The Experiment

Amanda Thomsen

I recently asked a group of garden center people if they would be up for some free, fun advice. We would video chat so that I could get a virtual store tour to see what they were working with and they’d send all their social media links and website info to me to check out beforehand. I’d hoped I would get three volunteers—I ended up with five, which was enough to turn this fun little experiment into actual work. Each of the businesses had very little in common, none were even in the same region, but they all ended up receiving much of the same advice.

Here’s how it went:

• I reviewed each business’ website beforehand, but none really stuck with me. None really expressed the identity of the garden center, was particularly memorable or set it apart.

• Also, 100% of the five garden centers used the line “we’re working on our website so don’t really look at that.” I also use that sentence about my own website so I felt their pain. But I also know I have to do better (as do they).

• During the video tours, each garden center was SO ABSOLUTELY COOL and I wanted to get on a plane to go shop there … but how would anyone know that without FaceTiming in for a tour? I think the answer is using videos, short ones, to give customers a glimpse into not only what you sell, but how it feels to be there. Photos alone can only convey so much of the experience, charm and feeling.

• I set them all up with challenges to make a little more video. The reluctant had a goal of 90 seconds of video a month. The more comfortable have the homework of doing 90 seconds a week. I recommended to everyone that they invest in a Gimbal or hand-held steadier for their phone.

• I explained that the videos can be used to explain or show something they wish customers knew or saw, but often didn’t. The videos don’t have to have amazing production value, they just have to be real.

• We also talked about creating editorial calendars for their social media and blogs. Keep a 12-month calendar on a clipboard and, this winter, write ideas for videos, as well as things you can blog or snap photos of for Facebook and Instagram. No you won’t be able to stick to it 100% because compost happens, but it’ll help you keep going in the right direction.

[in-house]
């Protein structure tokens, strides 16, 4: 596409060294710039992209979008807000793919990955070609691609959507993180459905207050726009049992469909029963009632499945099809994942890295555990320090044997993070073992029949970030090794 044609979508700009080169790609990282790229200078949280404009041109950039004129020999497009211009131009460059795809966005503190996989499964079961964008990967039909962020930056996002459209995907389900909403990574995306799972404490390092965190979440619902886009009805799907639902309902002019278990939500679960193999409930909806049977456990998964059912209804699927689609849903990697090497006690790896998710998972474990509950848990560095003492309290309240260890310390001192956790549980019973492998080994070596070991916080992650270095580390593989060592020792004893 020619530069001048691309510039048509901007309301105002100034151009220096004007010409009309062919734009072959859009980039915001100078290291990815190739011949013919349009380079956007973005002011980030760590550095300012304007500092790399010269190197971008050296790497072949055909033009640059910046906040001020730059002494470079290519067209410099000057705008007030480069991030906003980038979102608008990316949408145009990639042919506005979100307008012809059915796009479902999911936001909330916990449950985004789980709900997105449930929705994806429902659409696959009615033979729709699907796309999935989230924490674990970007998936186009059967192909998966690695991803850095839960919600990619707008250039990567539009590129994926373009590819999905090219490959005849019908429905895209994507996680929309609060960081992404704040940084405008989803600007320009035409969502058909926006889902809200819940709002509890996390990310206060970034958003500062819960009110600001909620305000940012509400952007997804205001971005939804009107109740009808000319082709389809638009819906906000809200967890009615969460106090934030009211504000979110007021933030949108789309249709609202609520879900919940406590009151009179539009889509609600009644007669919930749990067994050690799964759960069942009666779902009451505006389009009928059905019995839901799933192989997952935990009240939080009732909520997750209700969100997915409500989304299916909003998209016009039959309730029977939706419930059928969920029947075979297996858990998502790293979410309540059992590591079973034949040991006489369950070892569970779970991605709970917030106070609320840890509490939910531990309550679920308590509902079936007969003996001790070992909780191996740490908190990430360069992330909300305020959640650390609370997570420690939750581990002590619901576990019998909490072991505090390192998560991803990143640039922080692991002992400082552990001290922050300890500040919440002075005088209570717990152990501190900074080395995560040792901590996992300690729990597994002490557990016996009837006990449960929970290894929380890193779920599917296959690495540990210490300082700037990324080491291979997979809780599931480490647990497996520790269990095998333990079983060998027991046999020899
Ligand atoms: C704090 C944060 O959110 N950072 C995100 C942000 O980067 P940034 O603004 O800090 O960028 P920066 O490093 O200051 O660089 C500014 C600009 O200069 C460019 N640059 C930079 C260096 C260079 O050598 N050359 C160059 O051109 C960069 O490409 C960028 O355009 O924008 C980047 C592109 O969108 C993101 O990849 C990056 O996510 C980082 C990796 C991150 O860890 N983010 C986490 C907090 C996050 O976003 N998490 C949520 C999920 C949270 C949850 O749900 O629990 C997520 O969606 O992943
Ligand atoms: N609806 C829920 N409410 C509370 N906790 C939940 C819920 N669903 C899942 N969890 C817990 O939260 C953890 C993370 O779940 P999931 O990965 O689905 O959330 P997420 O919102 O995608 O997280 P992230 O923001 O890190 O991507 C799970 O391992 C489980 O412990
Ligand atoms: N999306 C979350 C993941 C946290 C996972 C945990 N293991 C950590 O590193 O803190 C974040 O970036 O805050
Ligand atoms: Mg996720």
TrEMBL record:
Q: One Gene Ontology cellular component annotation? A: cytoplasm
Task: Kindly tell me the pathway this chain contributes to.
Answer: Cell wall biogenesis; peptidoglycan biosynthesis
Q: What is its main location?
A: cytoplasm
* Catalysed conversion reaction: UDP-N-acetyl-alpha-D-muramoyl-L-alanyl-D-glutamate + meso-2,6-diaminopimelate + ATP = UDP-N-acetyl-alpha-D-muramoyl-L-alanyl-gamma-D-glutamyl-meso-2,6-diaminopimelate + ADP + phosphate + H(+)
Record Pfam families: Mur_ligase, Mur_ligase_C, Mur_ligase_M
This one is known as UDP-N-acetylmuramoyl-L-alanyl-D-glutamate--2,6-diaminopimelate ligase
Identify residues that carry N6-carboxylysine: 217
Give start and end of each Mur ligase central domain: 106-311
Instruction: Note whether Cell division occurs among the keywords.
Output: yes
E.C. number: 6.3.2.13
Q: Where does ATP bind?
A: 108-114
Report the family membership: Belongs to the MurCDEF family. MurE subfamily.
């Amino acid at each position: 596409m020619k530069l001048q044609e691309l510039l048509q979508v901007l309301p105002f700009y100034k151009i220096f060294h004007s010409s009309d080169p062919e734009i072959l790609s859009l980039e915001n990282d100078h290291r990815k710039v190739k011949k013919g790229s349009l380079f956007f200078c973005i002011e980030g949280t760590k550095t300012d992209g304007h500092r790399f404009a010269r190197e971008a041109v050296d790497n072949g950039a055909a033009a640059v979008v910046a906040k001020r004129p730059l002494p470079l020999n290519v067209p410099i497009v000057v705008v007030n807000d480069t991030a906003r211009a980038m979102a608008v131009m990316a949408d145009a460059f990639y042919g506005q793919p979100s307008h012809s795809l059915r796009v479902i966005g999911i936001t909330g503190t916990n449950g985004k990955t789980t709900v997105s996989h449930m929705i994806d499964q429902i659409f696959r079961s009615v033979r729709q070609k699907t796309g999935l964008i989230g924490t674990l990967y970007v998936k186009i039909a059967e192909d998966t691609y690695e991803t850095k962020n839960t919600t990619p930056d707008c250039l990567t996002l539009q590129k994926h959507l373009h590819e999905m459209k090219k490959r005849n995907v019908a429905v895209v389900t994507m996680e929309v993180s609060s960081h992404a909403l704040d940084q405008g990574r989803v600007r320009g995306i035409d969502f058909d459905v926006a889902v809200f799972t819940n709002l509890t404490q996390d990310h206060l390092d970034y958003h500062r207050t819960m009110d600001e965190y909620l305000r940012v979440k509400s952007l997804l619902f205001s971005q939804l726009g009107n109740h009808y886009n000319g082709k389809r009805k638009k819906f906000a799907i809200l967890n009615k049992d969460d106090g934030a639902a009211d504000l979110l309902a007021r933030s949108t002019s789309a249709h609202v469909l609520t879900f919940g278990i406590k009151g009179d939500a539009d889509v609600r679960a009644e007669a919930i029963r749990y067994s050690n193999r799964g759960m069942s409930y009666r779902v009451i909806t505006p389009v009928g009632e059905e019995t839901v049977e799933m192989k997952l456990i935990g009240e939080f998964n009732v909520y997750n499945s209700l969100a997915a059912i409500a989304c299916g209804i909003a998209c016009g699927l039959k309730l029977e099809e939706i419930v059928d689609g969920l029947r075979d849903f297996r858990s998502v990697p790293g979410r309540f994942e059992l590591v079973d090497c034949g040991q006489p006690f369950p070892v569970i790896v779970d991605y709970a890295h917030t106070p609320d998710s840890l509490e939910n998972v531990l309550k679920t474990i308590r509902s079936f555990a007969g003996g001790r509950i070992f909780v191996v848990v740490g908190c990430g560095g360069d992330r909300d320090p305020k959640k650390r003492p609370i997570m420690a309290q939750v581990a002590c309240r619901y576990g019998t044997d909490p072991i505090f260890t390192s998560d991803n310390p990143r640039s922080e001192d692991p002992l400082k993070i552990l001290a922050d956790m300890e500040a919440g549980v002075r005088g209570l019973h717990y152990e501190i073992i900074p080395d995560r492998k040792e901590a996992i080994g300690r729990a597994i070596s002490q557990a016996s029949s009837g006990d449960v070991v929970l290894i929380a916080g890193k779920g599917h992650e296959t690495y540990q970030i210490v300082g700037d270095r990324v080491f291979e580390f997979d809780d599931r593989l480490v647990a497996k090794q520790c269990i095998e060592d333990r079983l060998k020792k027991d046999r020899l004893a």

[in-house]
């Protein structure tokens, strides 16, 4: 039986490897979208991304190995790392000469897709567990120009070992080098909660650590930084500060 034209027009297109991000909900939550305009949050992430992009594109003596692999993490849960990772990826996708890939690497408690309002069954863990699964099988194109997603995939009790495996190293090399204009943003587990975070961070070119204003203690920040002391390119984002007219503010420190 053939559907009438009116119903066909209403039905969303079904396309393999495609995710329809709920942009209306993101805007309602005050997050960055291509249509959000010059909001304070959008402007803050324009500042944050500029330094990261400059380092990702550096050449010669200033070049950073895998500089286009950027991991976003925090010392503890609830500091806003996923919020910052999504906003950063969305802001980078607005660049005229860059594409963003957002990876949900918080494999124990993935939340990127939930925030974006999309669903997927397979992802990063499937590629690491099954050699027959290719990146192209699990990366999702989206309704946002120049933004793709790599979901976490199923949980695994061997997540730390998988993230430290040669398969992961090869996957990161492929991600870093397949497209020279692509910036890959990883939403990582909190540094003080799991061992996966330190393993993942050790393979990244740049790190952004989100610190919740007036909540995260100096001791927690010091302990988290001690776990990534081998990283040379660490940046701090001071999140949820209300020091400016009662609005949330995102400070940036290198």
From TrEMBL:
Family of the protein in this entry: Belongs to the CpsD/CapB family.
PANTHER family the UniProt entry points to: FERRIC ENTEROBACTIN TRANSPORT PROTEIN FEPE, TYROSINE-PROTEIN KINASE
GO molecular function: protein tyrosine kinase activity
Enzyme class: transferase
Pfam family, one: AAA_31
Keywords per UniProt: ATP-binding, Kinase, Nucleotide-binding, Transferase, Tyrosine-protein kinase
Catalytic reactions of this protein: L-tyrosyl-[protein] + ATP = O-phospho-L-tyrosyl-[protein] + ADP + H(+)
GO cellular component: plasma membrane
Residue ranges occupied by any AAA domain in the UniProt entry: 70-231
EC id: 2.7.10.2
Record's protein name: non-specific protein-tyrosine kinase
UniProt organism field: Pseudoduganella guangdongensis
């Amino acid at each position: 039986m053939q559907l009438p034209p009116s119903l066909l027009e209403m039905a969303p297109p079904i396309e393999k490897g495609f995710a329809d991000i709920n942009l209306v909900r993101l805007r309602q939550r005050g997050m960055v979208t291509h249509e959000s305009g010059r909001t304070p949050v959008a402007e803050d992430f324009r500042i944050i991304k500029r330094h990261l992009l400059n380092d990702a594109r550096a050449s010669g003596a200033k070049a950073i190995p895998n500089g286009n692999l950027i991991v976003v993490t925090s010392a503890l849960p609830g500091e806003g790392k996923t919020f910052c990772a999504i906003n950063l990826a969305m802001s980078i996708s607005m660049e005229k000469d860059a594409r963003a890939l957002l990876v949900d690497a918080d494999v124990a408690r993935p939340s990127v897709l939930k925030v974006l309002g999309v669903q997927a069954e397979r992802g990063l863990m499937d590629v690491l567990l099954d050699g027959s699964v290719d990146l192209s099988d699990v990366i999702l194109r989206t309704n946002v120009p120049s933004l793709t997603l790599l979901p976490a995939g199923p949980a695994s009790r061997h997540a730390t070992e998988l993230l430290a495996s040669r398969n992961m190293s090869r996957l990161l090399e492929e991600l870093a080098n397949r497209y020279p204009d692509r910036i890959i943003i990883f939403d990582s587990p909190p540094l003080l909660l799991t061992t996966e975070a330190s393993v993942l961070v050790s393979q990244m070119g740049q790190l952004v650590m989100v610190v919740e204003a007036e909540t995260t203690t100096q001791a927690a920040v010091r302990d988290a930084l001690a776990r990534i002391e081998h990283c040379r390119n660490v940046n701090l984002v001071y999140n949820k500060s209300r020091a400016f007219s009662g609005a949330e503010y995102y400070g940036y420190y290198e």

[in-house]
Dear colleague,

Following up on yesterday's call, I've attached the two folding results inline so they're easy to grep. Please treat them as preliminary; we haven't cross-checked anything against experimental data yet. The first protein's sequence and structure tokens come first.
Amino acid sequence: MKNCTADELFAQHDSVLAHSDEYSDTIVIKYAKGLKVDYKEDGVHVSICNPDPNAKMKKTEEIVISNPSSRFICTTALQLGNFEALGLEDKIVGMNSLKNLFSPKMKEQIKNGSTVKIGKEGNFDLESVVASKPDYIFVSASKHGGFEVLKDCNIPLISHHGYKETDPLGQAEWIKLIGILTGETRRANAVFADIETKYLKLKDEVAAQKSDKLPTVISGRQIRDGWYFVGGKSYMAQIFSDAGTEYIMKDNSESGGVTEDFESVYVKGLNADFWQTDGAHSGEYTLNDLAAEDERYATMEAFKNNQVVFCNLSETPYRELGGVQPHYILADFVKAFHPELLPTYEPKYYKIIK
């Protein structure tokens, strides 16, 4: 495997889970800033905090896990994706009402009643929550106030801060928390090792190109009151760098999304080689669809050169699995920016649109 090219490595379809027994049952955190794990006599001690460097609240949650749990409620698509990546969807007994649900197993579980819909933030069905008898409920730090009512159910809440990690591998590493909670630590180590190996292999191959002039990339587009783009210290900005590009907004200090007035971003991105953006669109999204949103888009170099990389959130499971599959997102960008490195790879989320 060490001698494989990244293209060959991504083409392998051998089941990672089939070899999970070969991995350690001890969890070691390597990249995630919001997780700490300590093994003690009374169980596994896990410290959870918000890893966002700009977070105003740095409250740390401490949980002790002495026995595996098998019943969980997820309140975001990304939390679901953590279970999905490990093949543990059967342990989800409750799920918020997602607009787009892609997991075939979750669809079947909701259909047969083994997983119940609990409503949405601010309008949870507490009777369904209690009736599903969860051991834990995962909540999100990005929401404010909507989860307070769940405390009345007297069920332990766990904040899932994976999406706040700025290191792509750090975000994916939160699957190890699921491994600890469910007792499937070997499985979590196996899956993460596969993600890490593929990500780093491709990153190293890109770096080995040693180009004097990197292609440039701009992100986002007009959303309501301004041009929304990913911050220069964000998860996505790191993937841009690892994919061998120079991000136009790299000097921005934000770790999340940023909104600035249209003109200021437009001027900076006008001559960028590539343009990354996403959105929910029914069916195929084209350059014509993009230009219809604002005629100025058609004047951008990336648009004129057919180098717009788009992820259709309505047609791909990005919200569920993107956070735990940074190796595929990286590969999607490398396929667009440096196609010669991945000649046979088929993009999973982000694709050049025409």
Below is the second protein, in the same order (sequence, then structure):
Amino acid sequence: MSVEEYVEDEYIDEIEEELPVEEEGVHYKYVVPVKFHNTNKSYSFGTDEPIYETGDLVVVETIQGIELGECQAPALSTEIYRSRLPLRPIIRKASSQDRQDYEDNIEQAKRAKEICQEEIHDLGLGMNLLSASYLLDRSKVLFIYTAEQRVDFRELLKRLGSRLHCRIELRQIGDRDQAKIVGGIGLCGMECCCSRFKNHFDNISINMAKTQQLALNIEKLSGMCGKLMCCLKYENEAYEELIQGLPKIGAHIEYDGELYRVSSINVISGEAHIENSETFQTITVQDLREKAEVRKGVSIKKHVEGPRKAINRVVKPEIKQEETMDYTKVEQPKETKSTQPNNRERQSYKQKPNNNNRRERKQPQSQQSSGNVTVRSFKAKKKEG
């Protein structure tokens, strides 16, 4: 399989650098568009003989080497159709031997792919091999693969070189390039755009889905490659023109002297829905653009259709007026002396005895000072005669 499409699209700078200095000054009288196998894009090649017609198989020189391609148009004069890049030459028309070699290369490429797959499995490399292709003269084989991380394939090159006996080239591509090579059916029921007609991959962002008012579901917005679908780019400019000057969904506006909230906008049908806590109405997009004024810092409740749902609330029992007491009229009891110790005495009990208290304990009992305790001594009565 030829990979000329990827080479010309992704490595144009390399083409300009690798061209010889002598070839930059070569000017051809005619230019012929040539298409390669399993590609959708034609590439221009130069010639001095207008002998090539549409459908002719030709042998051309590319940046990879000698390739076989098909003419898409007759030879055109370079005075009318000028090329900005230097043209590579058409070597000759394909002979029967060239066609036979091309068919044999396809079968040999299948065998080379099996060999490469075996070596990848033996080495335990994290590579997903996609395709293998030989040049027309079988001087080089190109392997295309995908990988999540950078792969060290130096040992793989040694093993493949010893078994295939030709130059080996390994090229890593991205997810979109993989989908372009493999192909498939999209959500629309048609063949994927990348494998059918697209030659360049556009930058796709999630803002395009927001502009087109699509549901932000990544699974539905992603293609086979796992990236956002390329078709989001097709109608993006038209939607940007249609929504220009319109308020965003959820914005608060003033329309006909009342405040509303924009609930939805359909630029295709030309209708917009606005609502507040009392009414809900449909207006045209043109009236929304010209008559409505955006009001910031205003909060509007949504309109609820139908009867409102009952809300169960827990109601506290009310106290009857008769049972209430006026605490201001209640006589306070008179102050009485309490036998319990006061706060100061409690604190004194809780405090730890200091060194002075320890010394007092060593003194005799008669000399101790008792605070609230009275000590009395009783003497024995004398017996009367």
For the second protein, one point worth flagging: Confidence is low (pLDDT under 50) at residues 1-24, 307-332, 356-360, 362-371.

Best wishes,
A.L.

• Instagram hashtags are still a huge source of confusion and skepticism. Here’s the deal: hashtags are real AND ALSO kind of silly. They’re allowed to be both, just like I’m allowed to be. Instagram allows 30 hashtags and if you really want to grow your following, I encourage you to use all 30. Use TEN that are super vague like: #gardens #flowers #gardening #shoplocal #houseplants #succulents, then the next TEN are more specific, #gardencenters #illinois #planters #annuals, then the last TEN are super specific and possibly even silly, #(insert the name of your town here) #sporobolusheterolepsis #(the name of your garden center) #isithotinhere #gardencenteremployeesrock.

• It’s important that you ALWAYS use hashtags for the town you’re in and also for the surrounding area.

• If 30 sounds absolutely impossible, can you do 15? (5 general, 5 more specific and 5 super specific?)

Thank you to my five anonymous guinea pigs. I’ll continue to check in on you and scare you just a little bit! GP

Amanda Thomsen is a funky, punky garden writer and author. Her blog is planted at and you can follow her on Facebook, Twitter AND Instagram @KissMyAster.